Routt County officials looking for clarity on energy regulation

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— Routt County commissioners said an oil and gas task force created by Gov. John Hickenlooper in February did little to clarify local government’s role in regulating energy exploration alongside the state. But all three commissioners hold out hope that the task force was the beginning of a more substantial process.

“I don’t believe we’ve seen the end of this conversation,” Commissioner Doug Monger said Sunday. “I don’t believe (the task force) solved any of my heartburn about whether we’re pre-empted” by the state in regulating certain aspects of oil and gas exploration.

Recognizing that the relationship between the Colorado Oil and Gas Conservation Commission, which regulates the industry, and local governments is being strained in some parts of the state as exploration edges closer to municipalities, Hickenlooper created a 12-member task force that included energy industry representatives, environmentalists and municipal leaders to address the issue. He specifically asked the group to help clarify regulatory authority over items such as noise abatement, air quality and setbacks.

Disputes between oil and gas operators and municipalities over how those things should be regulated have led to costly court cases in recent years as local governments have sought to better protect their constituents from the potential negative impacts of energy exploration.

But in its final report to the governor earlier this month, the task force didn’t specifically address those items or recommend the adoption of any new laws or rules that could prevent the disputes from ending up in court.

Instead, the group made eight recommendations that centered on increasing communication between the COGCC and local governments with the use of a local governmental designee, which Routt County already uses.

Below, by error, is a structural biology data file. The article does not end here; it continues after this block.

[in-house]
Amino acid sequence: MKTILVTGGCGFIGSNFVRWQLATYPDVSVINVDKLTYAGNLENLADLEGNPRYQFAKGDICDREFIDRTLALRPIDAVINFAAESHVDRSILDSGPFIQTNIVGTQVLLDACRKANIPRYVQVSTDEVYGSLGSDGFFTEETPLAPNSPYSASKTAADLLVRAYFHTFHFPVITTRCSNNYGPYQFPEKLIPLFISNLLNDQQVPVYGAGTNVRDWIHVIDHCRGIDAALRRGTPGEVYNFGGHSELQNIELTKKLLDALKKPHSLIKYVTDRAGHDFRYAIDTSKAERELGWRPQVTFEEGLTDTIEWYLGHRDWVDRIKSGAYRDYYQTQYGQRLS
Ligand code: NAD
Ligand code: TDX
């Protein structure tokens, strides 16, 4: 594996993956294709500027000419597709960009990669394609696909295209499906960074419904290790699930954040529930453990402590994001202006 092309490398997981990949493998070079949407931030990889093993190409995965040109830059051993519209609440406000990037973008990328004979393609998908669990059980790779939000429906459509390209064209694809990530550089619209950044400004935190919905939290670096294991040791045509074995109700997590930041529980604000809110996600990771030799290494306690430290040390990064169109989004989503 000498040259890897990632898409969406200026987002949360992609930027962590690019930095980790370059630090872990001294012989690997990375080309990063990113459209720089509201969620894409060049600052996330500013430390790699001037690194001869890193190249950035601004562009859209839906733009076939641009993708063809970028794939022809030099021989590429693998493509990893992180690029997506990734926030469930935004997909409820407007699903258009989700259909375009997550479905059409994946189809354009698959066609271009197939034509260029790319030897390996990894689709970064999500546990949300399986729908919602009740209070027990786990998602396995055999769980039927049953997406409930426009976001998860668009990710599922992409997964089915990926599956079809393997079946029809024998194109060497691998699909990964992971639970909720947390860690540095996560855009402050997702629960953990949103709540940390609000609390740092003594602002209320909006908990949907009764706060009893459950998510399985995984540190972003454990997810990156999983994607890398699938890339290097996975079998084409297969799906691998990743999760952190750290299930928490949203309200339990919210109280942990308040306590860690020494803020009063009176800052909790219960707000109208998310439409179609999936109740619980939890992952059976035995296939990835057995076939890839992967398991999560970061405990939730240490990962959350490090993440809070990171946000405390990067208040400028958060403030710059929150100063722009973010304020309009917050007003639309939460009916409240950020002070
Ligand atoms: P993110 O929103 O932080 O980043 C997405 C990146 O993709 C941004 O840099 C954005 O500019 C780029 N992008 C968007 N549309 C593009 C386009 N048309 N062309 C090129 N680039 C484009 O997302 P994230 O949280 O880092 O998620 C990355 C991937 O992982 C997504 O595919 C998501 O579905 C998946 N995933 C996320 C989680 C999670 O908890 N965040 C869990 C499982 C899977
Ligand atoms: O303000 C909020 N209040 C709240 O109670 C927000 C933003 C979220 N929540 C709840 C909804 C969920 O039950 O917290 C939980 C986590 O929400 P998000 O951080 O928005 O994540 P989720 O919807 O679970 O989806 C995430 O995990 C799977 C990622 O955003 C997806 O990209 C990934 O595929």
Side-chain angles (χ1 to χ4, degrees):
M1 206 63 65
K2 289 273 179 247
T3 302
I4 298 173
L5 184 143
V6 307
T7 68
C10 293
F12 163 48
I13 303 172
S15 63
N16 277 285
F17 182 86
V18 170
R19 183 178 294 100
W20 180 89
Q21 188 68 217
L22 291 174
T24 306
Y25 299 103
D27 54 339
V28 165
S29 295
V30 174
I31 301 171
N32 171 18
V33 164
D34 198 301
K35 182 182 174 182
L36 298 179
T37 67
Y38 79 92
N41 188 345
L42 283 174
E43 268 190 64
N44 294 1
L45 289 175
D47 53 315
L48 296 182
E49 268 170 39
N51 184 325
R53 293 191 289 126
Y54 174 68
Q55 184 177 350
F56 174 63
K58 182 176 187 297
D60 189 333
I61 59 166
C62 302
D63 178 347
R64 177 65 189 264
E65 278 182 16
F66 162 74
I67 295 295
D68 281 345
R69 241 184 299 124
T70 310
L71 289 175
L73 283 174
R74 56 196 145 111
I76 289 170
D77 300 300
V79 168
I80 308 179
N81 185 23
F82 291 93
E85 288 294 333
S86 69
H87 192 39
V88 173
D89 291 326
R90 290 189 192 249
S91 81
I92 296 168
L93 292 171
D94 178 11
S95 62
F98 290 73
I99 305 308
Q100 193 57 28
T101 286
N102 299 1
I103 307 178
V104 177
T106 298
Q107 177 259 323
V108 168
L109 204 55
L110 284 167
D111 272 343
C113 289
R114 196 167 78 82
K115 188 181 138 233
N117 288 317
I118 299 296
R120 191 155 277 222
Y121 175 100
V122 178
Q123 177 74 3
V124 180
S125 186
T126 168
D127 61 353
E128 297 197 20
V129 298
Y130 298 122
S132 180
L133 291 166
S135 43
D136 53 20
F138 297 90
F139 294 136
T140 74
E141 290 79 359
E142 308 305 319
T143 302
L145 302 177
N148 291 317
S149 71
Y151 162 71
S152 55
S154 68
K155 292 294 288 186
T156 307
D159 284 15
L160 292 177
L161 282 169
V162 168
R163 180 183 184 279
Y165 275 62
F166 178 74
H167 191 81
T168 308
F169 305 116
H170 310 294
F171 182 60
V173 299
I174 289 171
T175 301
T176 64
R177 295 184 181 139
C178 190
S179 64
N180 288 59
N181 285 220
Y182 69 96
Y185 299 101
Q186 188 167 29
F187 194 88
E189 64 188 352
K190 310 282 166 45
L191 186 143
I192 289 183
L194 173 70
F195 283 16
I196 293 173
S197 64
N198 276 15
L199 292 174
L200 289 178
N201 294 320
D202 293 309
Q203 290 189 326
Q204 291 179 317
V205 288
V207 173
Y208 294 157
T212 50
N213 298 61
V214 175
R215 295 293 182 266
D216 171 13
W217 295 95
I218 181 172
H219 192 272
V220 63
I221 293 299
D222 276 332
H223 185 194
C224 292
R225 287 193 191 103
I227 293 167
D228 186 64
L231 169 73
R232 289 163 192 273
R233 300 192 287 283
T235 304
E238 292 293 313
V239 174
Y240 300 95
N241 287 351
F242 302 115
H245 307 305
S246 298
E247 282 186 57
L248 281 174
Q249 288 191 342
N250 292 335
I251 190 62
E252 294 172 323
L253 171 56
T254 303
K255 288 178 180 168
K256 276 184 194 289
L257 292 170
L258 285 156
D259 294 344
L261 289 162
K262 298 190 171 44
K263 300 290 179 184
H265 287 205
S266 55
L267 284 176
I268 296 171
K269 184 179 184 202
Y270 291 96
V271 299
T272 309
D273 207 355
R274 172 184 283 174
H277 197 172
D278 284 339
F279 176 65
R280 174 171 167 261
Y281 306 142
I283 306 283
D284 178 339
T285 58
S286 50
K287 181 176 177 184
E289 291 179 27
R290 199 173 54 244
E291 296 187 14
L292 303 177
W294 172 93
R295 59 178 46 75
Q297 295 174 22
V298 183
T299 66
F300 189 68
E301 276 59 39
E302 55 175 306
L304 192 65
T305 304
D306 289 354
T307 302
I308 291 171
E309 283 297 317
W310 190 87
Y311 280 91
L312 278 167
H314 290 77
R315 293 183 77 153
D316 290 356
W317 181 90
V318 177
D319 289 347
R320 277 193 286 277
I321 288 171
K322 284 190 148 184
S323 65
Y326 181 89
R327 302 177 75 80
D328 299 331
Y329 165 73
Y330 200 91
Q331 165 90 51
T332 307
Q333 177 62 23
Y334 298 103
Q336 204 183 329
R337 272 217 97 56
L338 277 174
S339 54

High risk, low reward

Mike King, chairman of the task force and the executive director of the Colorado Department of Natural Resources, said Monday that instead of “picking winners and losers” and drawing lines between the regulatory authority of the state and local governments, the task force came up with a list of recommendations he thinks will address a wide range of issues.

“Whether it be emissions or setbacks or whatever the issues of concern are, we can plug it into this process we’ve created and give local elected officials far more input,” he said about utilizing a local governmental designee or using existing statutes to delegate inspections of oil wells. “I think that’s the beauty of the product we came up with.”

He said drawing jurisdiction lines between the state and local governments was a “high risk and low reward game” for the task force.

“There was some expectation that we would come together and say, ‘The county does this and the state does this,’ but it was apparent that was not likely the kind of dialogue that has the best chance to fix this,” King said.

Low expectations

Monger said he listened to all of the audio streams of the task force meetings that started March 9, and he appreciated the start of a statewide dialogue on the issue of regulatory authority. But his expectations for the task force were low from the outset.